White paper excerpt
Advanced IoT Policies
Mobile operators must use advanced policy control to customize their IoT services for each customer’s needs and use case.
As discussed, in our post why cellular IoT is another story, providing granular policy control for IoT enterprise customers in a mobile core designed to handle a handful of smartphone subscription types is challenging.
This is another good reason for adding the hyperscale programmable layer of policy control and security such as the Enea Aptilo Connectivity Control Service (IoT CCS). Adding such a layer is a prerequisite to delivering a unified IoT service with granular policy control across all mobile operator partners’ networks.
It will also facilitate the creation of a customer self-management portal, where the IoT Enterprise customers can handle their policy and security settings.
Hyperscale Cellular IoT – White Paper
This is an excerpt from our white paper Hyperscale Cellular IoT. The full white paper is available here if you like what you read. Don’t hesitate to contact us if you have any questions.
Unified UX across all networks
Policy-Based IP Assignment
One would expect that the IP address would not matter so much in modern architecture. Dynamically assigned IP addresses should be sufficient, and there would be mechanisms that update the IoT back-end when the IP address changes.
However, many enterprise IoT customers rely on keeping the same IP address for an IoT device and even their own IP range for all their devices.
There are many benefits to letting a programmable hyperscale layer handle the IP allocation. The most obvious one is the ability to maintain the same IP address even when a device moves across mobile operator partners’ networks. The allocated private device IP address and the IP address of the primary and secondary DNS server for the IoT device are then provided in the RADIUS response to the MNO’s packet gateway.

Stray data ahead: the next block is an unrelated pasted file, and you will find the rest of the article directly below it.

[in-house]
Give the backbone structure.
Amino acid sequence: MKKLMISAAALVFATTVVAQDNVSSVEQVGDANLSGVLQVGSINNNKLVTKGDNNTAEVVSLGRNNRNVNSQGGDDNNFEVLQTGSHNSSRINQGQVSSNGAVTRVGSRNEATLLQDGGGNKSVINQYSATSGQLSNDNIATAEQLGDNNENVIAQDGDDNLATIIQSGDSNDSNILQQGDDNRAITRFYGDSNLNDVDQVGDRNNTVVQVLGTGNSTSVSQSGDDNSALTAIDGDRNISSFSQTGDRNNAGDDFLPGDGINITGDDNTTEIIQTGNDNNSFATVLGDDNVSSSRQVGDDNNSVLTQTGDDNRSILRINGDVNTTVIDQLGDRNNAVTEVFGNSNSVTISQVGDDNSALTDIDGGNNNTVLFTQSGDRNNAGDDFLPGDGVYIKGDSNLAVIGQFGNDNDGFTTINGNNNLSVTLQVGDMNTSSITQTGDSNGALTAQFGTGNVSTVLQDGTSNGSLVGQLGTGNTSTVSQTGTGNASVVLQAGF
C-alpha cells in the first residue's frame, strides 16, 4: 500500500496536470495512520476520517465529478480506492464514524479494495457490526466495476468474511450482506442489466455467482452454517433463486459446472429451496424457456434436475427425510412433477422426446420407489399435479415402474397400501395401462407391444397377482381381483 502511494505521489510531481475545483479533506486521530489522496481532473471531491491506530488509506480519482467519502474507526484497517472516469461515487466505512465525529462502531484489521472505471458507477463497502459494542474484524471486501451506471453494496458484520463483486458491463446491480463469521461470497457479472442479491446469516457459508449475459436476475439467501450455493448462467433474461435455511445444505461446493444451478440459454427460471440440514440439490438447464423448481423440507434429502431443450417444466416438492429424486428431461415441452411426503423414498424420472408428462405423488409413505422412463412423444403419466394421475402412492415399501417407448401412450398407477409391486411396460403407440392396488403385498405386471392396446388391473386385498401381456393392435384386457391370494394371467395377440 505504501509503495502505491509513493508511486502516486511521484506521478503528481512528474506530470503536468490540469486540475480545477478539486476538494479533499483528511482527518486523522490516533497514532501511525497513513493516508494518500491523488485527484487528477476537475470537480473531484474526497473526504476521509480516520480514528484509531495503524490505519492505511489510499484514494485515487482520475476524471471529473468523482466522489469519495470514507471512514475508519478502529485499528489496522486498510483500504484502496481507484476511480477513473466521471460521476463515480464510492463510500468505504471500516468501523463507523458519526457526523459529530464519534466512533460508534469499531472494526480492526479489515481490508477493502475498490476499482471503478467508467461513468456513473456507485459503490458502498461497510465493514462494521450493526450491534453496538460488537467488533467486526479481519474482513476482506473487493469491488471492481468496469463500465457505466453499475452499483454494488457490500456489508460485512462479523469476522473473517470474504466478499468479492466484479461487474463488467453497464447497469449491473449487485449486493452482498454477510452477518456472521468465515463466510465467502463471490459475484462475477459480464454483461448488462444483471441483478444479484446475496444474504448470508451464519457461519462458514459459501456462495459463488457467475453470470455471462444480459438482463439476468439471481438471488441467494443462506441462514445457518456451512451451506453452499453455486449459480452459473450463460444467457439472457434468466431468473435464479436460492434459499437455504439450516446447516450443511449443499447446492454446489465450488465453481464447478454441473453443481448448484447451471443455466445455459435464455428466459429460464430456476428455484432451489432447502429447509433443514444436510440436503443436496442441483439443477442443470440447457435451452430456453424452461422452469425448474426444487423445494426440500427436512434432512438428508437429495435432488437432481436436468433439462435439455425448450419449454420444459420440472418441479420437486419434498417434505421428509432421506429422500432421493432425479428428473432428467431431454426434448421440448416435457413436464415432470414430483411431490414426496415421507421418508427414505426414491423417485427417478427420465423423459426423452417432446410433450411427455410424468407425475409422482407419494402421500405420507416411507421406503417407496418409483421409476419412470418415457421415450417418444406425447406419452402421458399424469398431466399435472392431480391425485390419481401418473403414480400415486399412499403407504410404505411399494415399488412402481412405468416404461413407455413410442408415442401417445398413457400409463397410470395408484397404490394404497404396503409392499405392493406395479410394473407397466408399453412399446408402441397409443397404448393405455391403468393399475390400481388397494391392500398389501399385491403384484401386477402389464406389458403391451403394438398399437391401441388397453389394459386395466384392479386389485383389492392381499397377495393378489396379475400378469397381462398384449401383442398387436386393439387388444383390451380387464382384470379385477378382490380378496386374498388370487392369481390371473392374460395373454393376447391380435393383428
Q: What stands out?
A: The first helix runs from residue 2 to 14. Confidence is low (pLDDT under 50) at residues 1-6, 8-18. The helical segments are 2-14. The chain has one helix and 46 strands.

The IP allocation should be very flexible. As an example, this is the IP-allocation options for Enea Aptilo IoT CCS:
- Dynamic IP: The IoT device gets a new IP address from the pool at every connection.
- Static IP: The assignment of a specific IP address that always will stay the same.
- Sticky IP: The IP address is allocated from the pool at the first connection, and then the IoT device keeps this IP address as a static IP configuration.
Note that with Enea Aptilo IoT CCS, mobile operators can assign the same IP address to a device also when it is localized by changing its SIM identity to belong to a partner MNO’s network. Learn more about localization of eSIM/eUICC in our upcoming post about global connectivity. This, together with consistent use of policies and security settings,
will provide a unified IoT experience across all partner networks.
Let the customer decide
Policy-Based Advanced Routing
The enterprise customer should be in complete control over the routing of their IoT traffic.
Some of the traffic, such as firmware upgrades and sensitive analytics data, may need to be routed in secure VPN tunnels. In contrast, all other traffic can go directly to the Internet, protected by firewalls.
Some IoT enterprise customers may need to have multiple VPN tunnels and separate different kinds of traffic into different tunnels.
In global connectivity, some use cases require that the traffic goes the closest route out to the Internet for low latency. Other use cases, such as streaming TV content, may require the opposite. The traffic must be routed to the home country and then out to the internet.
The customer in the driver’s seat
Granular Business and Security Policies
The mobile operator should put their customers in the driver’s seat and allow them to define granular IoT connectivity policies supporting their business and security needs.
Some policies need to be set hierarchically: all devices in the Enterprise, per device group, and down to an individual IoT device.
The business-related policies will vary from customer to customer, but some generally applicable policies include:
- Maximum bandwidth usage.
- Maximum data usage.
- Location down to individual cell level.
- Time of day.
- Approved for service: For example, bill paid, Ok to onboard device.
- Quarantine: The device needs configuration.
Security-related policies that may need to be set include:
- Suspend or enable device/SIM.
- Quarantine: For devices with suspicious behavior.
- URL Lock: Filter traffic so it can only go to specific destinations.
- APN Lock: Prevents SIM hijacking. Each device authenticates to APN with an individual username /password.
- IMEI Lock: A SIM can only be used in a specific device.
- Location lock: The use of a SIM is only possible where you want it to be used.